Apparently tourists and residents aren’t the only ones who have been affected by the recent cold weather.
Gary Campbell, owner of Landscapes in Paradise, said lawns throughout Longboat Key are looking browner than usual, because the cold snap has meant that lawns are growing approximately 30 days behind schedule.
“Ever since we’ve been here, this is the longest period of cold we’ve experienced,” Campbell said. “There’s no question that the lawns were very stressed by this.”
At temperatures below 65, grasses tend to go dormant in a hibernation-like period, Campbell said. Lawns that aren’t surrounded by trees can be even more damaged because they don’t have protection from the cold.
But the low temperatures aren’t the only factors affecting lawns.
“We also have a lot of salt wind this winter from the bay,” said Christine Wasley, co-owner of Gardening South Inc., who said that heavy winds can also be damaging to grass.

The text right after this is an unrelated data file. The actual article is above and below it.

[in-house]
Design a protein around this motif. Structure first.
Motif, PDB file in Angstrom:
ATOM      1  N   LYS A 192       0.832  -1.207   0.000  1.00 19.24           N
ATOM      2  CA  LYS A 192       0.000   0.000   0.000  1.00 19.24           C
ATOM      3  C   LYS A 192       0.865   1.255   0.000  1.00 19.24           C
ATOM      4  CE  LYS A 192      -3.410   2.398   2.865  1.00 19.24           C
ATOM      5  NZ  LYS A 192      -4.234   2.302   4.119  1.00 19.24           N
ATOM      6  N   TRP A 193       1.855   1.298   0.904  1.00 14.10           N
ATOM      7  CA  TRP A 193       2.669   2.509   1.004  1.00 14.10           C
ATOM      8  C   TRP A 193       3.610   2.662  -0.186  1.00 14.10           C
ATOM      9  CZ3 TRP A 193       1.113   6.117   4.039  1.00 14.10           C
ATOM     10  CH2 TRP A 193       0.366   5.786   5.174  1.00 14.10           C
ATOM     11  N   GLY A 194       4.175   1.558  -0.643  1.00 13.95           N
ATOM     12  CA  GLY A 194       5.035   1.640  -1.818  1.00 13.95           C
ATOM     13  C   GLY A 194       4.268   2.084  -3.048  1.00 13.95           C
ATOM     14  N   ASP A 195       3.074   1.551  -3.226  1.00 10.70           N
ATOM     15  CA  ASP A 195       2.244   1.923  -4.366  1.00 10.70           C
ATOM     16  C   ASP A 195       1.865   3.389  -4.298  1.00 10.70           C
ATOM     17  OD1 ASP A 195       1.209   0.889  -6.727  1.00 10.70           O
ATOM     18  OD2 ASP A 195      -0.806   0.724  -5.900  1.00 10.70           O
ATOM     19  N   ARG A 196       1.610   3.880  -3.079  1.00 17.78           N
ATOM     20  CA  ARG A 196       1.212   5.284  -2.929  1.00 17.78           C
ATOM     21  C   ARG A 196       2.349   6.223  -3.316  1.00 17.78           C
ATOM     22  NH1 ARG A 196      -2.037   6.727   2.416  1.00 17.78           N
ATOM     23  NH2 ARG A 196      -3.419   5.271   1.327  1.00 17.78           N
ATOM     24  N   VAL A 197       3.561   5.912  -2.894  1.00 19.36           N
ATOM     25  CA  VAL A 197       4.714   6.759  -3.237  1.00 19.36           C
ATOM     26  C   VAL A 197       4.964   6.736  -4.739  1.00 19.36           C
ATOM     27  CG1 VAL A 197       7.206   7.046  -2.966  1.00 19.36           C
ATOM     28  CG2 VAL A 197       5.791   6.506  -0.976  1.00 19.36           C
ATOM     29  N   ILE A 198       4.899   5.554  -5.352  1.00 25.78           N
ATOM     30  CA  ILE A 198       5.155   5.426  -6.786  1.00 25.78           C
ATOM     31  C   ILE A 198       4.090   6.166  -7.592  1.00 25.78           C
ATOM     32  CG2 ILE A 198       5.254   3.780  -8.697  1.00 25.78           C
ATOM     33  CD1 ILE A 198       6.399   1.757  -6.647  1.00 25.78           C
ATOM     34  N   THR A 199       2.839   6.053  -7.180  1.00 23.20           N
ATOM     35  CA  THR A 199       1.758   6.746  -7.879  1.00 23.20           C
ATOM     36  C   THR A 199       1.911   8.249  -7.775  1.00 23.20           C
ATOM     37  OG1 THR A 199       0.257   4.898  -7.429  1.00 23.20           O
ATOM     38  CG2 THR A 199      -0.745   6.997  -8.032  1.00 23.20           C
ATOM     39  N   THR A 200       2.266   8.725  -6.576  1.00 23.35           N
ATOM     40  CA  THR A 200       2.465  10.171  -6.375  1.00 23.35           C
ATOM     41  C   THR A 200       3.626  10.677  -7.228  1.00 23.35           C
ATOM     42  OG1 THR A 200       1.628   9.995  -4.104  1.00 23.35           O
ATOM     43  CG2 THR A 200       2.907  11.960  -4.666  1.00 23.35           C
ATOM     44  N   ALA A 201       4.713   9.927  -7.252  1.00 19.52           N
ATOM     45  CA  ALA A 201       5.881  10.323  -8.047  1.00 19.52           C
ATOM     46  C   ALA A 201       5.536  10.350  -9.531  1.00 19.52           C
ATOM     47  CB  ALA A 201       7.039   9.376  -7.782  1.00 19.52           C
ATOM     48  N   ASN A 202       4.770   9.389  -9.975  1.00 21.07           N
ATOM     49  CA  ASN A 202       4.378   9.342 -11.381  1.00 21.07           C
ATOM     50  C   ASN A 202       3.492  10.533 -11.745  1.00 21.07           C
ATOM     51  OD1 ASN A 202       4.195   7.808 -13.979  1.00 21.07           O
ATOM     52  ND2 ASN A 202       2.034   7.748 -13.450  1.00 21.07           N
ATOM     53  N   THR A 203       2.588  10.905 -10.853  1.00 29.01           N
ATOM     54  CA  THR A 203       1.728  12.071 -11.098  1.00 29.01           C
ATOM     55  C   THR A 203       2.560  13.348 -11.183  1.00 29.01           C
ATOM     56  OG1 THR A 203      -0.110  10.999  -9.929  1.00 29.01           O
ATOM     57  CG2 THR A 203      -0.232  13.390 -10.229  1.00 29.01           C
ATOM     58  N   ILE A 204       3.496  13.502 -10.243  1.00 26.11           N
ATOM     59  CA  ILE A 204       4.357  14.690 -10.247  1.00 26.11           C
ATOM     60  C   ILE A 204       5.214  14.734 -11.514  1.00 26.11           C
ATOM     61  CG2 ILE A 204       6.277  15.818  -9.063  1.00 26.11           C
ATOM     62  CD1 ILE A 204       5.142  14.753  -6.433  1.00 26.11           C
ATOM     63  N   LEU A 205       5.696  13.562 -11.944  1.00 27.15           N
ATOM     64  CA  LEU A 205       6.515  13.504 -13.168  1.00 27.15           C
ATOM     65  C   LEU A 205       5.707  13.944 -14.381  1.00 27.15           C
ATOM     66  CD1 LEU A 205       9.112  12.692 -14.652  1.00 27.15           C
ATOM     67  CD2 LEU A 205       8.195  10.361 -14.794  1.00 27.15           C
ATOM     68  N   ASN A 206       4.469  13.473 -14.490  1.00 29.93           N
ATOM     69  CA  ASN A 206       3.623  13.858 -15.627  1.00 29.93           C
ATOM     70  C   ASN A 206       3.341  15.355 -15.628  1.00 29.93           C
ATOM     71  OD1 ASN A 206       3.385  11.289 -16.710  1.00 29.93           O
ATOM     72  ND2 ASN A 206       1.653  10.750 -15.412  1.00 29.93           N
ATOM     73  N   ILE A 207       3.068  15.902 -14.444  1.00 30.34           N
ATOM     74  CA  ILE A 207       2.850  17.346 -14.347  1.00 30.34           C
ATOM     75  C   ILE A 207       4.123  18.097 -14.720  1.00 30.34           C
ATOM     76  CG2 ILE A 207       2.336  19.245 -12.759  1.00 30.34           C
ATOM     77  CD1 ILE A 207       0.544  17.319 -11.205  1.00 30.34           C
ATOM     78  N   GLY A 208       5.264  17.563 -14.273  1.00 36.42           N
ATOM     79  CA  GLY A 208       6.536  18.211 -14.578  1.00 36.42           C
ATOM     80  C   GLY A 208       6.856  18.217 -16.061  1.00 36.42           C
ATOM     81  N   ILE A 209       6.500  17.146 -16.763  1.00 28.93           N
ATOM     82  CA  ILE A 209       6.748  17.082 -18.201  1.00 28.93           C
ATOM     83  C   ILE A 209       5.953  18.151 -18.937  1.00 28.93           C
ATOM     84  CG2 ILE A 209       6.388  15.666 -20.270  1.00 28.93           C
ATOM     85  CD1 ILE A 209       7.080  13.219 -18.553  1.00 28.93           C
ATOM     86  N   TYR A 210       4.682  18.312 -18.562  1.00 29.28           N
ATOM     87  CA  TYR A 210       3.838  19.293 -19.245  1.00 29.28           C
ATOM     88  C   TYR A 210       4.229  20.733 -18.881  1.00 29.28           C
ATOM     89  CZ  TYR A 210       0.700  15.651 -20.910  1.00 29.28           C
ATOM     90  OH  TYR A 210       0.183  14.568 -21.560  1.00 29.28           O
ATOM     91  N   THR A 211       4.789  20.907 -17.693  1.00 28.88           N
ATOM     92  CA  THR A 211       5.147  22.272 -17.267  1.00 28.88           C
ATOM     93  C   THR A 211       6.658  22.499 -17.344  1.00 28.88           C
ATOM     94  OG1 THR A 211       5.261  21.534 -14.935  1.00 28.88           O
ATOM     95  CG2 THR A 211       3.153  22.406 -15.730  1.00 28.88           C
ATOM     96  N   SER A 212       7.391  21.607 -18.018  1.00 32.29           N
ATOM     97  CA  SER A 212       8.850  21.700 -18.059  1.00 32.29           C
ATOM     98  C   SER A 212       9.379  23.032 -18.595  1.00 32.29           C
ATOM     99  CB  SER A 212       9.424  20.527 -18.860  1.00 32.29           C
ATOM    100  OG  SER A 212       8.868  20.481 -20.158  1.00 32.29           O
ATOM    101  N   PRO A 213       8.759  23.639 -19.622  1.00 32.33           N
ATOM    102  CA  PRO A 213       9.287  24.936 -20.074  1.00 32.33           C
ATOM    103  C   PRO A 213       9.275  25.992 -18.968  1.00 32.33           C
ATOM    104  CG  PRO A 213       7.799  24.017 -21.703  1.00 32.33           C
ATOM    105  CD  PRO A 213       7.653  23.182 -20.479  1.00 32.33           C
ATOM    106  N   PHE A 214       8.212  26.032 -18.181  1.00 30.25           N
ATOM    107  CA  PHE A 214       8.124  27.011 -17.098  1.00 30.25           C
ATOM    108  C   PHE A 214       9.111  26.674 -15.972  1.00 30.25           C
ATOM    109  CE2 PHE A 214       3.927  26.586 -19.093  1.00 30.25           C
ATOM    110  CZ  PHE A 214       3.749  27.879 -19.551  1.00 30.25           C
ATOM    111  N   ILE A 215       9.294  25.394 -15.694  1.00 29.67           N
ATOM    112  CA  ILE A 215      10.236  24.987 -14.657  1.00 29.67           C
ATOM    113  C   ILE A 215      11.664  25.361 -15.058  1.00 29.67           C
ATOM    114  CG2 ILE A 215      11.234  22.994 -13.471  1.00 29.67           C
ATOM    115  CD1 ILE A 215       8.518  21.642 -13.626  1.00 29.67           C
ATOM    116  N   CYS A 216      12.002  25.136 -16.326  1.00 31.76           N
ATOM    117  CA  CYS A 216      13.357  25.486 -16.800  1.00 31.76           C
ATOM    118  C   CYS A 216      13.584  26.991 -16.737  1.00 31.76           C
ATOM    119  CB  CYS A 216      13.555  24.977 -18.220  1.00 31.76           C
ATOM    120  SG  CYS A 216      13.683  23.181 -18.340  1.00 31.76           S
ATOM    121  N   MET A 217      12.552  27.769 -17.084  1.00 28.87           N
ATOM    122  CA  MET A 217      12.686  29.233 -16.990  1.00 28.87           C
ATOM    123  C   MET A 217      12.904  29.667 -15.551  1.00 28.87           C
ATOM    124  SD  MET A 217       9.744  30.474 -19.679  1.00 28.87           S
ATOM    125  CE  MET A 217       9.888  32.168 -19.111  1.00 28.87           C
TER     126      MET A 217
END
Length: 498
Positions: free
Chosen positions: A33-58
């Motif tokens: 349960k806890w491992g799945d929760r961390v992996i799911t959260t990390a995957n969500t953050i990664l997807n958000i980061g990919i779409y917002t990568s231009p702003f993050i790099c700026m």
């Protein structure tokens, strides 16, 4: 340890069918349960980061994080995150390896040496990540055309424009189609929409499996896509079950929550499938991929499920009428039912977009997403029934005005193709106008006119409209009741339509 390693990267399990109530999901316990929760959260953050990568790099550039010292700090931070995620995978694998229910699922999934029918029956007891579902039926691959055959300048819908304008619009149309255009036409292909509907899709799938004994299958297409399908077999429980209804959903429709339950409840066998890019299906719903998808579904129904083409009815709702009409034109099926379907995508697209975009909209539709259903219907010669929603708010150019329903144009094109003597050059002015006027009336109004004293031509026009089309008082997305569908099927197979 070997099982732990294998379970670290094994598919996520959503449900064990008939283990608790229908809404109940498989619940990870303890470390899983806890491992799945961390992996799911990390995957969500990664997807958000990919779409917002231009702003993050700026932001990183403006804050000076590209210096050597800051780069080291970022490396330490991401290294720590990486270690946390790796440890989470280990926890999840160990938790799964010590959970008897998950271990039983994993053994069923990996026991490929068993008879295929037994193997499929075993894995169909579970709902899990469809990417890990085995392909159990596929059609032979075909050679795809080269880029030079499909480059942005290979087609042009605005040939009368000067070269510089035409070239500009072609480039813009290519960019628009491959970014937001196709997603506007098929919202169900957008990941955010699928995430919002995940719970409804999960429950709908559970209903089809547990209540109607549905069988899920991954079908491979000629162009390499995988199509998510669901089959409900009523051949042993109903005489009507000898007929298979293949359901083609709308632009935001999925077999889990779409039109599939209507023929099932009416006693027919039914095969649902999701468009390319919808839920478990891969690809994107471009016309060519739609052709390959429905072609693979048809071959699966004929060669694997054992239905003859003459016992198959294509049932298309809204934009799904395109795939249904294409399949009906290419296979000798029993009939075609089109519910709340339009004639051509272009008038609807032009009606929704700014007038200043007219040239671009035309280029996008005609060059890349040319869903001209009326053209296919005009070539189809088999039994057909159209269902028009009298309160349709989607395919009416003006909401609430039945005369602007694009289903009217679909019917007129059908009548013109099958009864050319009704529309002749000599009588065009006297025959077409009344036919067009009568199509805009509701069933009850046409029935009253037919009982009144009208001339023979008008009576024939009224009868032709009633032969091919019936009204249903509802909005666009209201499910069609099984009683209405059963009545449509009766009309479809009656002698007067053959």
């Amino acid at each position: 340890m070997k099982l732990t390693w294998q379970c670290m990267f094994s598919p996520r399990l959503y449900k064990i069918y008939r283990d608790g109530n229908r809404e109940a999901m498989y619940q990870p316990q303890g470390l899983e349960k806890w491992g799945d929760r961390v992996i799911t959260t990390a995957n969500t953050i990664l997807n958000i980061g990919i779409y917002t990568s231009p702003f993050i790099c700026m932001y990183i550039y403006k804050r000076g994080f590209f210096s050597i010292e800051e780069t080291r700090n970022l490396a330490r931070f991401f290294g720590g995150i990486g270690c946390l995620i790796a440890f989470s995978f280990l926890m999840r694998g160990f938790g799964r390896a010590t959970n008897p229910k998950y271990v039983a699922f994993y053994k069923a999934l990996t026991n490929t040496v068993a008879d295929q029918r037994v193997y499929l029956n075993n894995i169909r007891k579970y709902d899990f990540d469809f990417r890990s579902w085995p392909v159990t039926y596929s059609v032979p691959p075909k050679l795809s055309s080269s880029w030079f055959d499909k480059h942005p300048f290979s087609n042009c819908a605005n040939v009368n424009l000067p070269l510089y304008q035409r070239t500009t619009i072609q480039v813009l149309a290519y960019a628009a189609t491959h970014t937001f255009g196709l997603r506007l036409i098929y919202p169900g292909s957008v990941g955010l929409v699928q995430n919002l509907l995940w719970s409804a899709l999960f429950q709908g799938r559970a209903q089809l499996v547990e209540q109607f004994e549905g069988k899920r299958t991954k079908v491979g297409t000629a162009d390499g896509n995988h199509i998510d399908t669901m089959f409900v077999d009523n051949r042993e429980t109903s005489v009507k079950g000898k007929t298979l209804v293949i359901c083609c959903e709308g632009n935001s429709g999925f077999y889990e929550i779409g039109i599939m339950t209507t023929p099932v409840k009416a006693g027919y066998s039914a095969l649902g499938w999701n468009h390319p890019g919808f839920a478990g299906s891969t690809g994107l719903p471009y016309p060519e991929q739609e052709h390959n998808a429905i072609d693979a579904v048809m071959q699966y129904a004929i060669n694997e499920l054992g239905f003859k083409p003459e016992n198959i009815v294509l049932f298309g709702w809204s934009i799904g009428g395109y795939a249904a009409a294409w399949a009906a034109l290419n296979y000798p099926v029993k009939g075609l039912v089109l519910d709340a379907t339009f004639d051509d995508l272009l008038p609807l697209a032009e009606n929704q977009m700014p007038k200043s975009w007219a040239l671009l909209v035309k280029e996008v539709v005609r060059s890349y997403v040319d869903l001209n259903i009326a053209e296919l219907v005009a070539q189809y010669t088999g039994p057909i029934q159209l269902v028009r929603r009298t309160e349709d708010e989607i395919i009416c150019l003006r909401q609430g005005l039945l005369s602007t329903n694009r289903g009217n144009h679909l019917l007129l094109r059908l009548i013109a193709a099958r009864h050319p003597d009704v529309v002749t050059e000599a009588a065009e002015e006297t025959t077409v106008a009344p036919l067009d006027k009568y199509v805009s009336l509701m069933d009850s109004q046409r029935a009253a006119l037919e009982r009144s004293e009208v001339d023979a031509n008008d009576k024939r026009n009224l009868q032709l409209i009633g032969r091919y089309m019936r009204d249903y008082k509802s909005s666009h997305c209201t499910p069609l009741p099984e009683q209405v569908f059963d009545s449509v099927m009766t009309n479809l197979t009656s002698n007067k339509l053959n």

Glenn Souza, partner at Grant’s Gardens Inc., said that an increase in insect activity has also played a factor. White grubs, which are the larvae of scarab beetles, feed on the roots of St. Augustine grass, the most common type of grass on Longboat Key.
“For unknown reasons, grubs are increasing,” Souza said. “There are a lot of insect issues in landscaping.”
But there is good news: The grass should be greener in the coming months. But the key word, according to Campbell, will be “patience.” Sod farms, which are located inland, experienced frost, so quick replacements won’t be available. But, for most properties, replacements won’t be necessary. Although homeowners may see lots of dead blades of grass on their lawns, the turf isn’t necessarily dead.
“We just have to accept the fact that this happened,” Campbell said. “We’ll start feeding (grass) again once temperatures reach 70 degrees and they should have time to start taking in nutrients.”
Wasley also advises homeowners to be patient. The forecast for March is rainy, which could bode well for lawns.
“What I would advise is for the homeowner not to panic if their lawn is not green at this point,” Wasley said.
“If they want to replace the grass, they should wait until after the first application of fertilizer in the spring.”
Contact Robin Hartill at firstname.lastname@example.org.
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